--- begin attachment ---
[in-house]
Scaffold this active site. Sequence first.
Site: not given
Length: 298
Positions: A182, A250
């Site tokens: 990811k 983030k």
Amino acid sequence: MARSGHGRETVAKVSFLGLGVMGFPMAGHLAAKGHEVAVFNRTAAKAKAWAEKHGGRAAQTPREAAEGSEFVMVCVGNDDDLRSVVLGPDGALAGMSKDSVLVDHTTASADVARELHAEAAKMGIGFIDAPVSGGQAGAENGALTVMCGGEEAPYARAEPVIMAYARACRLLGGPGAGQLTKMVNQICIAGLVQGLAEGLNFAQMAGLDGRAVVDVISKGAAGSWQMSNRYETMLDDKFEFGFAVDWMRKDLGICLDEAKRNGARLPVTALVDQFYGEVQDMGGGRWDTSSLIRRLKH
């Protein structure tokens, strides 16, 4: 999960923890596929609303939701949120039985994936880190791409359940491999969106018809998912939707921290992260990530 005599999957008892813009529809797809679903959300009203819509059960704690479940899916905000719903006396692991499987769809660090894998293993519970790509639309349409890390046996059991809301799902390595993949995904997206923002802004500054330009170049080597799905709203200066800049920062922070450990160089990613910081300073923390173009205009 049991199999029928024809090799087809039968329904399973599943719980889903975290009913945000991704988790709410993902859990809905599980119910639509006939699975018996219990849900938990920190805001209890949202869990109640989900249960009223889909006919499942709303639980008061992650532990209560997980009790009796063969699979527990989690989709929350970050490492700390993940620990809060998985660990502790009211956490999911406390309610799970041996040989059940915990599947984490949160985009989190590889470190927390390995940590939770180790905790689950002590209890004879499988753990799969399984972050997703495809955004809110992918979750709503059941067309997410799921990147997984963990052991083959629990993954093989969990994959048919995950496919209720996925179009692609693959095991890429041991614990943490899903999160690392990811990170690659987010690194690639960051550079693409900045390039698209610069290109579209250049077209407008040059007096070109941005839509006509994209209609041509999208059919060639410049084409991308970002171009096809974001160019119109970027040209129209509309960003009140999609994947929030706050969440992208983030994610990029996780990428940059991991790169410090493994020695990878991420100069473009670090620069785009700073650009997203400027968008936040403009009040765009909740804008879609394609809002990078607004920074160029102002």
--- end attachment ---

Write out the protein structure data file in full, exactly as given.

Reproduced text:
[in-house]
Scaffold this active site. Sequence first.
Site: not given
Length: 298
Positions: A182, A250
């Site tokens: 990811k 983030k």
Amino acid sequence: MARSGHGRETVAKVSFLGLGVMGFPMAGHLAAKGHEVAVFNRTAAKAKAWAEKHGGRAAQTPREAAEGSEFVMVCVGNDDDLRSVVLGPDGALAGMSKDSVLVDHTTASADVARELHAEAAKMGIGFIDAPVSGGQAGAENGALTVMCGGEEAPYARAEPVIMAYARACRLLGGPGAGQLTKMVNQICIAGLVQGLAEGLNFAQMAGLDGRAVVDVISKGAAGSWQMSNRYETMLDDKFEFGFAVDWMRKDLGICLDEAKRNGARLPVTALVDQFYGEVQDMGGGRWDTSSLIRRLKH
């Protein structure tokens, strides 16, 4: 999960923890596929609303939701949120039985994936880190791409359940491999969106018809998912939707921290992260990530 005599999957008892813009529809797809679903959300009203819509059960704690479940899916905000719903006396692991499987769809660090894998293993519970790509639309349409890390046996059991809301799902390595993949995904997206923002802004500054330009170049080597799905709203200066800049920062922070450990160089990613910081300073923390173009205009 049991199999029928024809090799087809039968329904399973599943719980889903975290009913945000991704988790709410993902859990809905599980119910639509006939699975018996219990849900938990920190805001209890949202869990109640989900249960009223889909006919499942709303639980008061992650532990209560997980009790009796063969699979527990989690989709929350970050490492700390993940620990809060998985660990502790009211956490999911406390309610799970041996040989059940915990599947984490949160985009989190590889470190927390390995940590939770180790905790689950002590209890004879499988753990799969399984972050997703495809955004809110992918979750709503059941067309997410799921990147997984963990052991083959629990993954093989969990994959048919995950496919209720996925179009692609693959095991890429041991614990943490899903999160690392990811990170690659987010690194690639960051550079693409900045390039698209610069290109579209250049077209407008040059007096070109941005839509006509994209209609041509999208059919060639410049084409991308970002171009096809974001160019119109970027040209129209509309960003009140999609994947929030706050969440992208983030994610990029996780990428940059991991790169410090493994020695990878991420100069473009670090620069785009700073650009997203400027968008936040403009009040765009909740804008879609394609809002990078607004920074160029102002």